• How do you know it’s working?
    • Track your symptoms and labs.

In This Episode

The Future of Functional Medicine Review … 00:00:42
Episode Intro … 00:01:53
What is Methylation … 00:04:45
Speculative Nature of Recommendations … 00:08:30
Too Much Methylation Can Be Dangerous … 00:12:22
Caution with Supplements … 00:15:41
Importance of Diet & Exercise … 00:22:03
Methylation Adaptogens – Polyphenols … 00:23:47
Methylation Clinical Data … 00:25:35
Upstream Methylation Support … 00:30:10
Epigenome Gene – Health and Lifestyle … 00:32:25
Specific Dietary Changes … 00:37:48
Important Testing … 00:41:27
Supplemental Treatment & Symptoms … 00:44:12
Episode Wrap Up … 00:46:49

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The Future of Functional Medicine Review

Dr. Michael Ruscio: Hey, guys. I just wanted to make one quick announcement before we start the show. If you are a healthcare practitioner, I’m very excited to announce that we just released The Future of Functional Medicine Review. This is a monthly practitioner training tool that will allow you to sharpen your clinical skills and enhance your ability to practice cost-effective functional medicine.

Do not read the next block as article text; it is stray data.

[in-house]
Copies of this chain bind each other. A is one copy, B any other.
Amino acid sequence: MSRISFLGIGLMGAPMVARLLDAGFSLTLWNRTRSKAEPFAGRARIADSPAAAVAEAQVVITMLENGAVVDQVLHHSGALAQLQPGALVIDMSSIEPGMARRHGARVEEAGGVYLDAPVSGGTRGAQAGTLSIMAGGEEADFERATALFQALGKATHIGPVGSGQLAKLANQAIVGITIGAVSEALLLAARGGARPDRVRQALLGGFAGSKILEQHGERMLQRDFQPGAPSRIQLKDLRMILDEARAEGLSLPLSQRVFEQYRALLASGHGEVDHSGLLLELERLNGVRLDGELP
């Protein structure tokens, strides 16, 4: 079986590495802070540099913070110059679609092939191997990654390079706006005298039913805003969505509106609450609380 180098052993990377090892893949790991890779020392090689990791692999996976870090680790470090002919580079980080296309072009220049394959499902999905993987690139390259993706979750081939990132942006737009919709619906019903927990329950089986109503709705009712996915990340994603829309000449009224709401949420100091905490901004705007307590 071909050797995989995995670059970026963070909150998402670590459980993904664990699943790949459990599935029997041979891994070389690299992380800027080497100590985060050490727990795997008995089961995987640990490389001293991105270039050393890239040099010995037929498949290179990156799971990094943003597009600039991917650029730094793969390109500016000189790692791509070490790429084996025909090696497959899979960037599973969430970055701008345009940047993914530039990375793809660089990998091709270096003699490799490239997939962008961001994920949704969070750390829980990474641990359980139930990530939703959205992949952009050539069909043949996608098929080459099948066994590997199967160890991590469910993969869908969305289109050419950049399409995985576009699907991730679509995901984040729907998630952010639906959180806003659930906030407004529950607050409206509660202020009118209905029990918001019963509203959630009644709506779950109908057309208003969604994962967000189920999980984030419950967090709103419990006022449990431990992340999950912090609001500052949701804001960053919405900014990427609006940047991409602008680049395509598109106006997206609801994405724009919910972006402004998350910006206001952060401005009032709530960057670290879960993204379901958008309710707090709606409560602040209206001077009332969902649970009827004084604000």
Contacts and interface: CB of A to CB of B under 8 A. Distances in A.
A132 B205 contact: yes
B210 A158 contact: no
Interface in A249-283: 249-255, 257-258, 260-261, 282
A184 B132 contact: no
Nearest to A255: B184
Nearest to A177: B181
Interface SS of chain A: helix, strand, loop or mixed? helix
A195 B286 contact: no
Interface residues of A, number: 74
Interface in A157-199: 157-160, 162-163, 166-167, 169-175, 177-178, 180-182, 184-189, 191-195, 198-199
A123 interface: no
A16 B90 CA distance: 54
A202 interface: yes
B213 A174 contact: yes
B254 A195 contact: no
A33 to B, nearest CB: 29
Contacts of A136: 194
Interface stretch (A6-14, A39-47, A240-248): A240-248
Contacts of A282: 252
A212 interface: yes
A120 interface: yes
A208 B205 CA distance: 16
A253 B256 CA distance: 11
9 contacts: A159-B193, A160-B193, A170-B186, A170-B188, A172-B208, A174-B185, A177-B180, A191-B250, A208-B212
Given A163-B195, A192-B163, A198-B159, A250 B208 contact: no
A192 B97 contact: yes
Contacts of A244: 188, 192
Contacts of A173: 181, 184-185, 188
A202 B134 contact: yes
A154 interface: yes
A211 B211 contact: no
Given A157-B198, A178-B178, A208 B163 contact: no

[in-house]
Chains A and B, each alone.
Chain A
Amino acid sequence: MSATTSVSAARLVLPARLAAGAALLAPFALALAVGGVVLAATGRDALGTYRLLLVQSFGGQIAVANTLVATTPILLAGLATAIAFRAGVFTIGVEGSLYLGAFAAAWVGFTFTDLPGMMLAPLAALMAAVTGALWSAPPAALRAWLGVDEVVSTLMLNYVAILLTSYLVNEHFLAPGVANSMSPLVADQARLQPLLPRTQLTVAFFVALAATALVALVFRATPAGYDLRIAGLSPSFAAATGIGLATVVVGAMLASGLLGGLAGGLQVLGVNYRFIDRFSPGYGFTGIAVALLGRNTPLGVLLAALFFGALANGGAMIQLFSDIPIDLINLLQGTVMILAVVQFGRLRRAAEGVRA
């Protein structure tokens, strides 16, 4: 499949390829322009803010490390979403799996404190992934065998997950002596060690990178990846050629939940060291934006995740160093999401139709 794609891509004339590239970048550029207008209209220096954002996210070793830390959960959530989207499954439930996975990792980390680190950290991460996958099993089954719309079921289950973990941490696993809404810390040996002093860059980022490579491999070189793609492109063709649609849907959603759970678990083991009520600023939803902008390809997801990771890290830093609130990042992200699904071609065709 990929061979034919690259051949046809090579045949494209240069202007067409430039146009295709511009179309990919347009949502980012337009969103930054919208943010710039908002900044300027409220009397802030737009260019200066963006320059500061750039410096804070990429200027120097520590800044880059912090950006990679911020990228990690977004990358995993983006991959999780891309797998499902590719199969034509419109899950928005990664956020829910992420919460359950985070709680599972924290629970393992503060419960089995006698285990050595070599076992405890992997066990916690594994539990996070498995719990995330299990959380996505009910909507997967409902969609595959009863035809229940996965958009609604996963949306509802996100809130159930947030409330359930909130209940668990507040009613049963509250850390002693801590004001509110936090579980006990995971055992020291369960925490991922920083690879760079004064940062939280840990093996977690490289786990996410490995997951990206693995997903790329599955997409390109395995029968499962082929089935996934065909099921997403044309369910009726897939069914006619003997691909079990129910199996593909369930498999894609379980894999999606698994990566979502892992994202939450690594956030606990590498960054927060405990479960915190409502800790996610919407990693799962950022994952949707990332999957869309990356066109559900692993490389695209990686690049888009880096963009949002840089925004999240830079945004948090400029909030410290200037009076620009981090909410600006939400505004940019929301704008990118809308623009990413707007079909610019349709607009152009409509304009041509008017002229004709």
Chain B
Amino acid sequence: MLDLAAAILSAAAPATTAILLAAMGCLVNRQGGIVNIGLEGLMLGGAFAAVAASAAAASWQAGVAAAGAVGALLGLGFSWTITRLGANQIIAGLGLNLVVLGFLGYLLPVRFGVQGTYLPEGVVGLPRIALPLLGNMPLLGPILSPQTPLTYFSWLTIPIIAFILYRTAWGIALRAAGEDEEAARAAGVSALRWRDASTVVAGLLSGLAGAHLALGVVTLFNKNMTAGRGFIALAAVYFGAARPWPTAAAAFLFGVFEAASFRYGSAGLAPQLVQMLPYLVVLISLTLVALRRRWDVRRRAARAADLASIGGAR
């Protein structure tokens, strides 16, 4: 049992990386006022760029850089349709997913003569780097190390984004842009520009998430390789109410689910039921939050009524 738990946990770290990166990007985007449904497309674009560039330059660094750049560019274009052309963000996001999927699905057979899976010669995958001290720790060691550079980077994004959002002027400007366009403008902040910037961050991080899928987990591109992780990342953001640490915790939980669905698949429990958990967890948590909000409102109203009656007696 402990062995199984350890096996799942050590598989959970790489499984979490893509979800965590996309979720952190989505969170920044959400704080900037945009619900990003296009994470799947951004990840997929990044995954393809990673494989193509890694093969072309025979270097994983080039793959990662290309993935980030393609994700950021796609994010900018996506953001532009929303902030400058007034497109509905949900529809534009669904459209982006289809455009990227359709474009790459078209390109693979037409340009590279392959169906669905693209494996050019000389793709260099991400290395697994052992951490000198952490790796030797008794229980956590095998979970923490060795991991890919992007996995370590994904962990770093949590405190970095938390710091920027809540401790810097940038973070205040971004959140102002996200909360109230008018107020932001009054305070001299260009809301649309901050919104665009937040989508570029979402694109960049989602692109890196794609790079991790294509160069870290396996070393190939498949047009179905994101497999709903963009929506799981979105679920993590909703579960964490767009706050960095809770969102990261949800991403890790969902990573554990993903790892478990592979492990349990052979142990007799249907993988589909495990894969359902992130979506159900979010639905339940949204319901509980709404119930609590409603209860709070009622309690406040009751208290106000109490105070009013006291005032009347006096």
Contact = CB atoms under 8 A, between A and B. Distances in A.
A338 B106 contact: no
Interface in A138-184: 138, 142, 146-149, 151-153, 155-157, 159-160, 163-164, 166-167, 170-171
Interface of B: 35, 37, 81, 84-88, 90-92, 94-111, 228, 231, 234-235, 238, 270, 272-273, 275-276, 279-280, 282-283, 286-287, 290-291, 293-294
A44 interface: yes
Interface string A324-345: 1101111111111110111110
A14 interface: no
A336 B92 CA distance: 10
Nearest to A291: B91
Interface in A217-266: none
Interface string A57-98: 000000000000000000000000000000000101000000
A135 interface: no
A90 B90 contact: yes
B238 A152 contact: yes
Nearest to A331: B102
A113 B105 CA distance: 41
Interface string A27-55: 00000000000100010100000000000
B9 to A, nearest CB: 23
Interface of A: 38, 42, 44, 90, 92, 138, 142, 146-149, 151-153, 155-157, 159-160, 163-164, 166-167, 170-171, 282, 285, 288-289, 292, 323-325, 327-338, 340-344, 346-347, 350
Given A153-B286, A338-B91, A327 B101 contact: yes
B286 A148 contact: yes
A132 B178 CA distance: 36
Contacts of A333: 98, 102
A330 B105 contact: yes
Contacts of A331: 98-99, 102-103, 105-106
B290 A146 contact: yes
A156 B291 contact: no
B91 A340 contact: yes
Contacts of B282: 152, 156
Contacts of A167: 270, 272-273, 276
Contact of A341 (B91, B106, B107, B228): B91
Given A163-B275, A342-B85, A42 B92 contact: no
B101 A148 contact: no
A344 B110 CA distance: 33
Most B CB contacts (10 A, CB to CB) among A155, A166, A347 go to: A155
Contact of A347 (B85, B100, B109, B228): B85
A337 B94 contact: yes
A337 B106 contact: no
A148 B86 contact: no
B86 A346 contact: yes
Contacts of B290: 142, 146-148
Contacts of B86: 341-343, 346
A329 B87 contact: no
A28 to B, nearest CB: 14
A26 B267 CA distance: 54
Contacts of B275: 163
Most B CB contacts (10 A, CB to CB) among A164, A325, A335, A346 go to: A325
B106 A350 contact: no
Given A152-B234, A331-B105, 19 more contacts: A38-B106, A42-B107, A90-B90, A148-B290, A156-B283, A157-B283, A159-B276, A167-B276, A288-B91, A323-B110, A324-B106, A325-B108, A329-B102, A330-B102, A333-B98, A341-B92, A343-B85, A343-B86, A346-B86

You’ve probably heard me say a thousand times that we need to make functional medicine more cost effective to be able to get better patient outcomes with less time and less money so that we can reach and help more people. Well, this monthly review will be a big step in that direction.

It will consist of four sections—a case study, research study reviews, the practitioner question of the month, and the practice tip. And all of this will be very helpful in making you a better clinician and steering you toward practicing a more efficacious and cost-effective functional medicine model.

If you head over to You can see a full sample issue and learn more. Again, I’m very excited about this and think you will find it, hopefully, very helpful. Okay, back to the show.

Episode Intro

Hey, everyone. Welcome to Dr. Ruscio Radio. This is Dr. Ruscio. I am here with Dr. Kara Fitzgerald. And today, we are talking about methylation.

And I have to say I’m pretty impressed with Kara because she seems to be taking a perspective, a position on methylation that’s not overzealous and seems to be pretty practical and I think will be very much in alignment with much of what we discussed on the podcast previously, which is trying to come at these issues, not getting swept up in the latest fanfare and bandwagon jumping, but rather taking a practical approach to this stuff.

So admittedly, Kara, I’m very excited to have this conversation. Welcome to the show.

Dr. Kara Fitzgerald: Yay! I’m excited about that, too. Yeah, absolutely. Really thrilled to be pushing the paradigm forward and what we’re thinking about with regards to methylation. I concur that we have gotten pretty hyped up about it.